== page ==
De Quervain Tenosynovitis

De Quervain Tenosynovitis is a topic covered in the 5-Minute Clinical Consult.

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  • First identified in 1895 by Fritz De Quervain, de Quervain tenosynovitis is a painful condition due to stenosis of the tendon sheath in the 1st dorsal compartment of the radial aspect of the wrist.
  • Caused by repetitive motion of the extensor pollicis brevis (EPB) and abductor pollicis longus (APL) over the radial styloid with resultant irritation of the surrounding tendon sheath


  • The predominant age range is 30 to 50 years.
  • Women are affected more commonly than men (1).
  • With new occupational and professional demands, the prevalence of this condition is increasing gradually.

  • The overall incidence of de Quervain tenosynovitis is 0.9/1,000 person-years.
  • For patients age >40 years, the incidence is 1.4/1,000 person-years compared with 0.6/1,000 person-years for those <20 years.
  • Women have an incidence rate ratio of 2.8/1,000 person-years compared with 0.6/1,000 person-years in men.
  • The incidence ratio rate of de Quervain tenosynovitis is 1.3/1,000 person-years in blacks and 0.8/1,000 person-years in whites (1).

Etiology and Pathophysiology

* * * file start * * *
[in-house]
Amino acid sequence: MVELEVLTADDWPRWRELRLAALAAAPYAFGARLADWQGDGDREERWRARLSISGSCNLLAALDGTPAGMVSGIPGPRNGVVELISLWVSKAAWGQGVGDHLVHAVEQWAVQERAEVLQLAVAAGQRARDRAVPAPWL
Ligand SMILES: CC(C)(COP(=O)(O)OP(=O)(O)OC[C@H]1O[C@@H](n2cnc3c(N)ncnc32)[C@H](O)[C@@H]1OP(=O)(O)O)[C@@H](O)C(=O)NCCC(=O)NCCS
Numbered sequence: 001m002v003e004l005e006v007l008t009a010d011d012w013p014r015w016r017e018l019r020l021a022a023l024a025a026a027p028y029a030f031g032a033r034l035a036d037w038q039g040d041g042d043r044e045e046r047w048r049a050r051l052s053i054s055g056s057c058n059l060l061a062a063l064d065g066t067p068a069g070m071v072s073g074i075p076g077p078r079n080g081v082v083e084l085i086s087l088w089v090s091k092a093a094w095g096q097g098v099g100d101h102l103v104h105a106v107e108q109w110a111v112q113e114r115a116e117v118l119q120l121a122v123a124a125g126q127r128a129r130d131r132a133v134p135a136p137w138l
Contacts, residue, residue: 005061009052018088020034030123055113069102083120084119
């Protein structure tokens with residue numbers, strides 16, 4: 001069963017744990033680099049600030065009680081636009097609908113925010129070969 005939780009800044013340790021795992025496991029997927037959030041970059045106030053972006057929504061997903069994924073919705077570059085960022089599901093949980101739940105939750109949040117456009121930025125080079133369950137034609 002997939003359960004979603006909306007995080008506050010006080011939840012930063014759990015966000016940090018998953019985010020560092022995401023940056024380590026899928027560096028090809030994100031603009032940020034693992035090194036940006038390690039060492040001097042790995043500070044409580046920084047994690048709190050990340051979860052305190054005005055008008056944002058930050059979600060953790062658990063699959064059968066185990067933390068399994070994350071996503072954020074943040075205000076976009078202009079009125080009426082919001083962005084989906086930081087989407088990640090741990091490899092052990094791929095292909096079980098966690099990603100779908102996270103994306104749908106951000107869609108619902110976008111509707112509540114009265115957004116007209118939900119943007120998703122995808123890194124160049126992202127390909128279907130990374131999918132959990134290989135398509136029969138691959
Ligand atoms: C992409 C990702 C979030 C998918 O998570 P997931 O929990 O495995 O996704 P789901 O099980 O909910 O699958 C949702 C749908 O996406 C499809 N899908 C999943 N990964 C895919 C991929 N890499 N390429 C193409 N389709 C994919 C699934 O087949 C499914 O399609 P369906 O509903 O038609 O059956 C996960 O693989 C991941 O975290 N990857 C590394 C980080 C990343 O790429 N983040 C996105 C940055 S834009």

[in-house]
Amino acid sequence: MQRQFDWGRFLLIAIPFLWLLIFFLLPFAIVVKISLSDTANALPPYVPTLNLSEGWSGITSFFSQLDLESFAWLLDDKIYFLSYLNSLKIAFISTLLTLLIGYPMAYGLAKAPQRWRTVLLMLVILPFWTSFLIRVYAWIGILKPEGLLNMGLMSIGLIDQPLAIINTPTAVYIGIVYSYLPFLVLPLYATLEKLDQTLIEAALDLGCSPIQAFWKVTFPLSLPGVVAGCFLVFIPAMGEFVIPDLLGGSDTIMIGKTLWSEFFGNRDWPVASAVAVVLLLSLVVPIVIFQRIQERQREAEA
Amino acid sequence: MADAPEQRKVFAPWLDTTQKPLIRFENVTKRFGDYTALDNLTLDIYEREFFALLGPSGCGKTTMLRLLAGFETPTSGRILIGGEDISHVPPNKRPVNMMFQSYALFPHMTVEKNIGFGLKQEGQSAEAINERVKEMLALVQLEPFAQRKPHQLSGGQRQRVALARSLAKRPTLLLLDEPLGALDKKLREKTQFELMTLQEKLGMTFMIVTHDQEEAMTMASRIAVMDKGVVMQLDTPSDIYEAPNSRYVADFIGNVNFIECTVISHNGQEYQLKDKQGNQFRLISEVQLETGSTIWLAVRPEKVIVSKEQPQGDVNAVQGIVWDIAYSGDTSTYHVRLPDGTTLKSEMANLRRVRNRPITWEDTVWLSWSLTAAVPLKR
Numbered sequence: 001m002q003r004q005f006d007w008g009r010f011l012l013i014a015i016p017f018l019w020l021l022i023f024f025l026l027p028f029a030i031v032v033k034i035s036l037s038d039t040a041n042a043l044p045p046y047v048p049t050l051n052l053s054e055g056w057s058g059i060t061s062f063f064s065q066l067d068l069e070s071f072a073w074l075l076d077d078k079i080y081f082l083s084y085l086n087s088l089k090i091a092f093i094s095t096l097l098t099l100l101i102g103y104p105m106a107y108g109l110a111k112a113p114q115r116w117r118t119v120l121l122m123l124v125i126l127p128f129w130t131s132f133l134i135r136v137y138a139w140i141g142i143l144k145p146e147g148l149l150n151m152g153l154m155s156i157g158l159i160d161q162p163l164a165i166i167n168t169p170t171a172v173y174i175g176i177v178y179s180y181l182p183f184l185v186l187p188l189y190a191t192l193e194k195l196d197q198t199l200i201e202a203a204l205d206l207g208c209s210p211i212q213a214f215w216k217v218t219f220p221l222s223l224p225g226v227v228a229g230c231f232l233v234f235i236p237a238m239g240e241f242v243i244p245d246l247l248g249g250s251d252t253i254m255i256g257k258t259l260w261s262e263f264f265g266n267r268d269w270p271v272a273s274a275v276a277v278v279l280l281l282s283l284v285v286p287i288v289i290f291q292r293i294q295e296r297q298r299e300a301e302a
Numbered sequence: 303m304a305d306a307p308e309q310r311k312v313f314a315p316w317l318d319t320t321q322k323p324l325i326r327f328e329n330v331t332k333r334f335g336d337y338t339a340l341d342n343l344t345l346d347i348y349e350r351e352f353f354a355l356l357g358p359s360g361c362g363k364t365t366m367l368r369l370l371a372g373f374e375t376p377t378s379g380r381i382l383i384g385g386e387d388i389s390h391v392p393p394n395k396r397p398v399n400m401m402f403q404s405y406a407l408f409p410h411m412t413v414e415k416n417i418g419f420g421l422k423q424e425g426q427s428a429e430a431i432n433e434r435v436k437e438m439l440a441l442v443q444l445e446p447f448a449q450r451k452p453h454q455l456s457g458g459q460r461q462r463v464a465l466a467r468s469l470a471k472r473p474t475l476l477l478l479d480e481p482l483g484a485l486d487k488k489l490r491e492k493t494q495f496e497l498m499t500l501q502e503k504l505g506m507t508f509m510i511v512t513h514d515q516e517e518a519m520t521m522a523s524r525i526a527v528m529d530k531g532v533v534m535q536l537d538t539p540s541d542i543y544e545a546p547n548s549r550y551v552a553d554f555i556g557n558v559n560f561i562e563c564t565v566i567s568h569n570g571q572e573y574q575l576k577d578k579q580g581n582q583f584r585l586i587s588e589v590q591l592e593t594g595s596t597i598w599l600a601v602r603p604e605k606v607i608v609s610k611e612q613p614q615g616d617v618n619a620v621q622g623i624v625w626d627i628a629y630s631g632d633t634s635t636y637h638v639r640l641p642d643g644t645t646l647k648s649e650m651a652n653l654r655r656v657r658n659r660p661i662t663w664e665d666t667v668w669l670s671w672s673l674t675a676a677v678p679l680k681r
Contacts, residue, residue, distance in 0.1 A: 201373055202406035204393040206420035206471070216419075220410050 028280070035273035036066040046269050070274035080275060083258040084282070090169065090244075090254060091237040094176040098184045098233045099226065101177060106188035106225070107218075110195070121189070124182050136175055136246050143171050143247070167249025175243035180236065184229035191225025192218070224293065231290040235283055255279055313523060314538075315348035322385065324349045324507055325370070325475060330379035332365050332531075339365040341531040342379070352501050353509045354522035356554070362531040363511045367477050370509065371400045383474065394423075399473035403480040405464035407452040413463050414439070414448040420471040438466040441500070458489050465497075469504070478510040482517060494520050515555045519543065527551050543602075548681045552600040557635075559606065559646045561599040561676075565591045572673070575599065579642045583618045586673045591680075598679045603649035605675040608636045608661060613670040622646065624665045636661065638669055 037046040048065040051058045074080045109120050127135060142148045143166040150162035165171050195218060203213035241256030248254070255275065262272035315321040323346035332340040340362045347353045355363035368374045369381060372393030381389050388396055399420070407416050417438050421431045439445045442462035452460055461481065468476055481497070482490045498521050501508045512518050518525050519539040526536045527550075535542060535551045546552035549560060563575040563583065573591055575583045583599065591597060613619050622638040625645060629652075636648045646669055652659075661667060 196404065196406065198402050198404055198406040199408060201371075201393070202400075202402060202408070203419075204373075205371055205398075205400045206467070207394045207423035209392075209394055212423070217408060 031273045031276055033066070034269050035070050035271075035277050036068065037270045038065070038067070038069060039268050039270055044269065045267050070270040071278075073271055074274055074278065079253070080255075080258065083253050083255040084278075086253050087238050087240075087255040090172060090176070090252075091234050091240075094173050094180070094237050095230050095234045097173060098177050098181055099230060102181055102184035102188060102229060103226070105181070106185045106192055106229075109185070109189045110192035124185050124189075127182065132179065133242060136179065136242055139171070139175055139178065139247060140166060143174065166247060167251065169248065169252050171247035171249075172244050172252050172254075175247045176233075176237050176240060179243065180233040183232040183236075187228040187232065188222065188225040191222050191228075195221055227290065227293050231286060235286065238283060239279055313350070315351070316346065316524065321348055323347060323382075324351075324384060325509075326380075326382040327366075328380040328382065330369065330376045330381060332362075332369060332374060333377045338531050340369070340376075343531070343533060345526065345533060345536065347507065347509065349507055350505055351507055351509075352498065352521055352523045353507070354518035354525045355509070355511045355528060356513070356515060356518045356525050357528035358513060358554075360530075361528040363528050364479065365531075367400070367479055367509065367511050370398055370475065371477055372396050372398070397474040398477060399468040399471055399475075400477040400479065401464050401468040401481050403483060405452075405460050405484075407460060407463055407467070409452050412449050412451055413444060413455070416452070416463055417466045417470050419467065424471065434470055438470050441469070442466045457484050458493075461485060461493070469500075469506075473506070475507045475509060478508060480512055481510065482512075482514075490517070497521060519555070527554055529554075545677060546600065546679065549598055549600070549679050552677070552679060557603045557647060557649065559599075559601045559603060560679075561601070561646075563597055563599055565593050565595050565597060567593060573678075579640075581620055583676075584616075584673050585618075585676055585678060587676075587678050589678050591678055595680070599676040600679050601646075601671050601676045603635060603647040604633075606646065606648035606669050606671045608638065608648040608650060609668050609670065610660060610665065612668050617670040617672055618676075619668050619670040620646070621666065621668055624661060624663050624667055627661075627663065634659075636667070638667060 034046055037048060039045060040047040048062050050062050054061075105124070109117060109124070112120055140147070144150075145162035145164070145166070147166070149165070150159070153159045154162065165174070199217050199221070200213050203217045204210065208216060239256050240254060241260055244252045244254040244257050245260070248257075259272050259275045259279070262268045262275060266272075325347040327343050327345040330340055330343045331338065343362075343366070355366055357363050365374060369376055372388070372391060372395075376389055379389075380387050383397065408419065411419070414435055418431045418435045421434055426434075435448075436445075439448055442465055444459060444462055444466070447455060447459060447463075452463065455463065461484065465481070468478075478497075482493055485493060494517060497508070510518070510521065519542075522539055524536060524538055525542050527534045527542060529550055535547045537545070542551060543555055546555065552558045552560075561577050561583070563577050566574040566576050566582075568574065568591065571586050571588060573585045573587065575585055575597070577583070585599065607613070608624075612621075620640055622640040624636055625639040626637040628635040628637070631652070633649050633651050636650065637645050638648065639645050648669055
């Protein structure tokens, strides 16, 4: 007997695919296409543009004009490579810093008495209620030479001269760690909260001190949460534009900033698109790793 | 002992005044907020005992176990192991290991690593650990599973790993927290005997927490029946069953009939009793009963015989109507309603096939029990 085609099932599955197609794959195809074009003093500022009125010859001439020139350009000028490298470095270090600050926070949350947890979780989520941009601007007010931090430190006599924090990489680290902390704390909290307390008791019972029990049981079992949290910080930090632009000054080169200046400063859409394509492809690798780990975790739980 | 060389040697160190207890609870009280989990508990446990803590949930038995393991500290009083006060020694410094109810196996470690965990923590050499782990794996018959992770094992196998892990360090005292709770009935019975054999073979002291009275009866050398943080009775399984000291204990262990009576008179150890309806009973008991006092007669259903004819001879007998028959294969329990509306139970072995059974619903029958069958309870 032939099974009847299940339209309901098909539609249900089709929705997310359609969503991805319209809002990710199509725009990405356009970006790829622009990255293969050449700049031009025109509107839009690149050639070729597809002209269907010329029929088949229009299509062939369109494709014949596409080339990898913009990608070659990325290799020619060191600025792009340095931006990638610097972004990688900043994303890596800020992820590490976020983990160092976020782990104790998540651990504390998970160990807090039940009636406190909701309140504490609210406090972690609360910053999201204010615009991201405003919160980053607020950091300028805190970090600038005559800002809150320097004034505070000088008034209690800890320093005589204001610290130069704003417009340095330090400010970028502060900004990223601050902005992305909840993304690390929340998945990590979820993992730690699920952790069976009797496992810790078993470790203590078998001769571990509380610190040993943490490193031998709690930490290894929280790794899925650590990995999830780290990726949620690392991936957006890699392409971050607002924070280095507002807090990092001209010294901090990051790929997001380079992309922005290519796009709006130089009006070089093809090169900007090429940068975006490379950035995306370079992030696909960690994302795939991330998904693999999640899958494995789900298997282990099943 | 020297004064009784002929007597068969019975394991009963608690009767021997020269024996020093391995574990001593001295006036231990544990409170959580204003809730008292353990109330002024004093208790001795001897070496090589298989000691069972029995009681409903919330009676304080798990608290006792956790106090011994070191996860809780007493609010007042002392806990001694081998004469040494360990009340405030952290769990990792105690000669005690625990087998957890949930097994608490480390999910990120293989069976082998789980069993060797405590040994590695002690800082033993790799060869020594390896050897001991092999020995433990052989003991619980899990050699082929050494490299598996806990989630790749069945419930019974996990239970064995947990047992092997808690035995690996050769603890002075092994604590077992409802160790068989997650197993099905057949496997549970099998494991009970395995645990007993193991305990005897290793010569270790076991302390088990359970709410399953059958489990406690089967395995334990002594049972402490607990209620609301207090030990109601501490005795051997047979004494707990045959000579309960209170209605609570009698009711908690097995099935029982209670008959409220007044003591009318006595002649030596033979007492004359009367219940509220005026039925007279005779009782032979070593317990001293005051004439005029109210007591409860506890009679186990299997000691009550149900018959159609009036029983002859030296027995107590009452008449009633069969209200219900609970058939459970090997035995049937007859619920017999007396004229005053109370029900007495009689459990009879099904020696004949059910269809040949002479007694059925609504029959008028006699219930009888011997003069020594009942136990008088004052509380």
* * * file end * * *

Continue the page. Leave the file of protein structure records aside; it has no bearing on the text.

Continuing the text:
• Repetitive motions of the wrist and/or thumb result in microtrauma and thickening of the tendons (EPB, APL) and surrounding tendon sheath.
  • EPB and APL movement is resisted as they glide over the radial styloid causing pain with movements of the thumb and wrist.

Risk Factors

  • Women age 30 to 50 years
  • Pregnancy (primarily 3rd trimester and postpartum)
  • African American
  • Systemic diseases (e.g., rheumatoid arthritis)
  • Participation in activities that include repetitive motion or forceful grasping with thumb and wrist deviation such as golf, fly fishing, racquet sports, rowing, or bicycling, video gaming, and more recently text messaging
  • Repetitive movements with the hand/thumb requiring forceful grasping with wrist involving ulnar/radial deviation; dental hygienists, musicians, carpenters, assembly workers, and machine operators

General Prevention

Avoid overuse or repetitive movements of the wrist and/or thumb associated with forceful grasping and ulnar/radial deviation.

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